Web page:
FIRST HAND NEWS FROM LONDON OLYMPIC GAMES
by CEO Robert Forster, PTThis is a light day for track athlete Allyson Felix and shooter Kim Rhode as they prepare for their upcoming competitions. Every athlete has their favorite penultimate day routine before competition. For the Games, that routine and their mindset have often been rehearsed in their heads for years and becomes critical to their success. Although the last day of preparation is best comprised of a sound physiological and psychological approach to ready oneself for competition, many athletes often follow superstitious habits based on the relation of those habits to previous successful performances. If it worked well before why mess with it? I have known athletes who sequestered themselves to avoid all human contact and maintain focus while others want to be distracted from over-thinking their event and instead like spending time with friends, family and teammates. I knew one Olympian who watched cartoons all day to relax and was put in a panic when he realized the cartoons at a past Olympics were in a foreign language. He quickly found they were just as amusing when you cannot follow the dialog. Gail Devers, two time winner of the Olympic 100m race (’92 and ’96) and therefore the title of the “Worlds Fastest Woman”, liked to call her home answering machine and talk to her two pet dogs from afar. Jackie Joyner Kersee, 2x gold medalist in the Heptathlon (’88 and ’92) and still the World Record Holder in that event, had that much more technique imagery to review as her sport included seven individual events to contemplate. For Allyson Felix, today includes a light workout designed to keep the muscles loose with plenty of stretching, technique drills and work on her reaction time coming out of the blocks. Then it’s lots of rest, good nutrition, hydration and focused relaxation while hoping the night passes quickly before getting to her first event of these Games tomorrow, the 100m preliminaries. Although Allyson is the returning Olympic silver medalist at 200m and a three time World Champion at that distance, her appearance here in the 100m event is a first and a bit more unfamiliar, and her confidence therefore becomes paramount. Over the last few weeks, Coach Bobby Kersee, has tapered his athlete’s workouts to allow for full recovery and peak their fitness. With a reduced work load and reduction of the over all volume of work, he maintains short, high intensity efforts with more days allowed for full recovery between these high speed workouts. The stopwatch verifies the science of tapering and Bobby’s wizardry in this area of expertise as their times drop precipitously in these final weeks before competition. The athletes feel the increased power and speed propelling them down the track faster then any other time of the year. This is a time where injury prevention and recovery measures are paramount. If the athlete is well trained “structurally” i.e. in strength and flexibility, and has practiced good recovery techniques all season, then the muscles, tendons and joints are ready for the increased forces associated with these high velocity efforts. If not, the athlete’s worst nightmare becomes reality as injury strikes. Injury so close to the Games presents a daunting challenge as we work feverishly with two-a-day Physical Therapy treatments to reduce inflammation, spasm and pain while rehabilitating the injured structures. Fitness is maintained with pool workouts and confidence fostered by pointing out the improvement in function daily. This is when I earn my keep making difficult daily decisions pertaining to treatment choices, modified training activities and the pace of the rehab progression. Luckily, this has not come to pass at these games and all athletes have survived the taper and are healthy. Short of catastrophic injury, typically a few areas of nagging pains and tightness will develop during the tapering period. Often with the decreased volume of work, areas of the body that have been irritated and inflamed in the course of training, will now begin to scar down in the time allotted between these more sporadic workouts. While not serious, these pains and areas of tightness will not only mess with an athlete’s confidence but may diminish their ability to execute the best mechanics come competition day. The treatment indicated is specific cross fiber massage techniques to release scar tissue adhesions and has proven invaluable in my effectiveness to help nervous athletes in the final stages of training. Additionally, Physical Therapy modalities and lots of icing are applied to reduce inflammation, pain and promote faster healing. Kim Rhode is a 5x Olympic veteran (’96, ’00, ’04, ’08, ’12) who knows how to ready herself for great competitions as she has done so successfully in winning at least one medal in all of her Olympic appearances. Having already won the gold medal in skeet shooting here in London last week and therefore setting a record as the only American athlete ever to medal in an individual event in five consecutive Games, the pressure is off a bit. Never one to rest on her laurels, Kim has another record in her sights (pun intended) as she approaches today’s trap shooting competition. If she medals again she will also be the first female athlete to compete successfully for a medal in all the shotgun events at any one Olympics. Kim’s sport is certainly as much mental as it is physical and her mental preparations are obviously finely honed. We will be watching to see her do it again!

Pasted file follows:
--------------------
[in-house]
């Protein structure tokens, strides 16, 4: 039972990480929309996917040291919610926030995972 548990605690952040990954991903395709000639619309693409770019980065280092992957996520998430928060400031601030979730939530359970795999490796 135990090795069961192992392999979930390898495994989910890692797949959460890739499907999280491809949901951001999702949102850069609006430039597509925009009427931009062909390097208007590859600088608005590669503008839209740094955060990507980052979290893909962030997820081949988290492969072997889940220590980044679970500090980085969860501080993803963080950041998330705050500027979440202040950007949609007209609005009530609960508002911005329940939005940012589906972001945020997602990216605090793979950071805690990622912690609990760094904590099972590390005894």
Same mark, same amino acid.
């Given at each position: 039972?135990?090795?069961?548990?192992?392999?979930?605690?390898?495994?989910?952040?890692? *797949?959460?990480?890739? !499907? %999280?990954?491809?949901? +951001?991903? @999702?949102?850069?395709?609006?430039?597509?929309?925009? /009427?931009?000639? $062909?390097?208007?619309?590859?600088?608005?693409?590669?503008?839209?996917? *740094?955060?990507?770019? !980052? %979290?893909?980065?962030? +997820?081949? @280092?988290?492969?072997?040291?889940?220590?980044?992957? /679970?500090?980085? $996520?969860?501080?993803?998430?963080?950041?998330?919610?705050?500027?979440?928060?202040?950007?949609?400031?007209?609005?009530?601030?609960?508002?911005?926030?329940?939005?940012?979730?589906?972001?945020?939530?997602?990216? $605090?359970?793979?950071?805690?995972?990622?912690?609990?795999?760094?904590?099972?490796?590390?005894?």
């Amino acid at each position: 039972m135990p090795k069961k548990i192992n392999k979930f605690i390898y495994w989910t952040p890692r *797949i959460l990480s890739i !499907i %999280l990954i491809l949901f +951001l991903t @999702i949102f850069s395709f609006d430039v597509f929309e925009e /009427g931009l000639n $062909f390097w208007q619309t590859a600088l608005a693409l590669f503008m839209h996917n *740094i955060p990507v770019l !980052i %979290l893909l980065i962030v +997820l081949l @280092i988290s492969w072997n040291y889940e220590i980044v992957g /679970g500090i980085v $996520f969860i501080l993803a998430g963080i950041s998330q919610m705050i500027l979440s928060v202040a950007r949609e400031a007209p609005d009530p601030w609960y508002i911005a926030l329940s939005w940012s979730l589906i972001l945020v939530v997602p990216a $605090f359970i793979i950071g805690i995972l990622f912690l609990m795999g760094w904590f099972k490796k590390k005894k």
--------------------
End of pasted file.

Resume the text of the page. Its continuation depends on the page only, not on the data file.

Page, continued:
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Our programs have been honed over 35 years in the results driven world of elite athletics, and with thousands of athletes who have chosen our science based approach to achieving complex performance goals. PHASE IV offers the most comprehensive science based training and nutrition programs available anywhere! We make you better, and keep you healthy and competing longer. If you are interested in improving your performance, and preventing injury, we will design a periodized daily training plan for you, complete with nutritional optimization, as well as strength and flexibility training. Pictured here is CEO Robert Forster, PT and Florence Griffith Joyner “Flo-Jo” The fastest sprinter of all time. Call PHASE IV 310-582-8212 or send us a message